By: Shubham Ghosh
Rajwinder Singh, an Indian-origin man who has been accused of murdering a 24-year-old Australian woman Toyah Cordingley on a Queensland beach in 2018 has told a court in India that he wants to return Down Under as soon as possible to face trial.
According to an Australian Associated Press report, the 38-year-old swore in a “willingness statement” given to the magistrate of the court in Delhi that he wanted to formally waive his right to challenge extradition to Australia, the country he fled after the incident.
Singh’s decision avoided a legal battle that could have gone on for years, thanks to India’s overburdened judiciary, as per the report.
While being escorted to the court by police officers, Singh, who is an Australian citizen, said he had a “message for Australians”.
Accompanied by his parents at the hearing, Singh was quoted as saying, “I want to go back. It is the [Indian] judicial system that has been holding things up.”
He added that he did not kill the woman and that he wanted to “reveal all the details” to a court Down Under.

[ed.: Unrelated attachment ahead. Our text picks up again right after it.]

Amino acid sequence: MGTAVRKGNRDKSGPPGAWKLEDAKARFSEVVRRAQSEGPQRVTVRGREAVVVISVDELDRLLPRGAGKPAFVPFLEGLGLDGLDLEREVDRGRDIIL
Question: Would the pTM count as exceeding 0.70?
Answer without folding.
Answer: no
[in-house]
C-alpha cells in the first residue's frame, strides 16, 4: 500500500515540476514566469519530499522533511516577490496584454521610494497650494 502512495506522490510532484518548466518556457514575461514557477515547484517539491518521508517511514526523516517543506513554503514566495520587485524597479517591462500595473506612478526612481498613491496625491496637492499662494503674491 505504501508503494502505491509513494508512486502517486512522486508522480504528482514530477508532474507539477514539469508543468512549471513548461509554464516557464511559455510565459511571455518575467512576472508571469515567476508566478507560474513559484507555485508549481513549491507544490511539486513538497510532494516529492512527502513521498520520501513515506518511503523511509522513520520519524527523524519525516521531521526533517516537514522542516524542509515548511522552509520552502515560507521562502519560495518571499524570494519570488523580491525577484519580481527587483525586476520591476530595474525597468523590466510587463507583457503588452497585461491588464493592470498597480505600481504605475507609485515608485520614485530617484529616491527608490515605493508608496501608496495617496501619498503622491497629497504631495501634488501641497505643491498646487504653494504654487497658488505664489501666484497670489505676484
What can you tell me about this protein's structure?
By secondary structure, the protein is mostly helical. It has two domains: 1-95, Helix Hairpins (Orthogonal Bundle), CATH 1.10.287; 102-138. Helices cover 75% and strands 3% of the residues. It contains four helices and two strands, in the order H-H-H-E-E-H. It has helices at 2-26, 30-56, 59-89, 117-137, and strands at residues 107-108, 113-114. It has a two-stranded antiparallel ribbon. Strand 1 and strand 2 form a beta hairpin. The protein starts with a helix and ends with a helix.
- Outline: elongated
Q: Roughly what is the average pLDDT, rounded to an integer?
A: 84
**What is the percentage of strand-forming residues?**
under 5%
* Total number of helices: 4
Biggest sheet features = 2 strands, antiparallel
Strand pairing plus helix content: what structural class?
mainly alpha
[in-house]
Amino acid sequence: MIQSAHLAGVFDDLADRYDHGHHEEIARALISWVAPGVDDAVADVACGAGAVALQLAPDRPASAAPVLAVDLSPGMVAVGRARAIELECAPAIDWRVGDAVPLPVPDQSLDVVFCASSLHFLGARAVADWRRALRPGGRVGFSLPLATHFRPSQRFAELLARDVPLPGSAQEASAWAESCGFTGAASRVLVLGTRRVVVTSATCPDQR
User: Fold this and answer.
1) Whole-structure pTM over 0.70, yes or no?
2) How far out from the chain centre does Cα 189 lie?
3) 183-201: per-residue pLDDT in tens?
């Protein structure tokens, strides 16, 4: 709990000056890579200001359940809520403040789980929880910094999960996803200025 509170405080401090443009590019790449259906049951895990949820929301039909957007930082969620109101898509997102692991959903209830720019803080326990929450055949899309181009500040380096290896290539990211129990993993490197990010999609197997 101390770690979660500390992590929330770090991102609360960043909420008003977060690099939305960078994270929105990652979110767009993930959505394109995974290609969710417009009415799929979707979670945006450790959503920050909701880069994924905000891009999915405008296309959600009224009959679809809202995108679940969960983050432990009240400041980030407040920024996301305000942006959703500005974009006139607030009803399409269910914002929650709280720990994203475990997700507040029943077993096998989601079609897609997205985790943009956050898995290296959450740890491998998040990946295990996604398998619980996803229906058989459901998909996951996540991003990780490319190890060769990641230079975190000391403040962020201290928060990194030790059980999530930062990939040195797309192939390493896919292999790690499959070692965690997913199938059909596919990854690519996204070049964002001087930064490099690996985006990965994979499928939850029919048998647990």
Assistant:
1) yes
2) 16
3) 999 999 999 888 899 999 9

When he was asked the reason to flee Australia after allegedly killing Cordingley, Singh said he would explain everything later.
He claimed that there were two killers and as many victims.
According to the Australian police, Singh is the prime suspect in the murder and he was arrested by the Delhi Police in November.
The arrest came just weeks after the government of Queensland posted a record one million Australian dollar (£568,780) reward for information on Singh.
There has also been an extradition order against him since 2021.
The accused man had reportedly boarded a flight to India hours after the police found Cordingley’s body half-buried in sand dunes on Wangetti beach, north of Cairns, Queensland.
In Australia, Singh worked as a nurse and lived in Innisfail, and has a wife and three children in that country. Since his arrest, he has been kept in Delhi’s Tihar jail, south Asia’s largest prison.
Extradition proceedings in India could be long process but since Singh decided against contesting it, the case “is almost finished”, said public prosecutor Ajay Digpaul, the report added.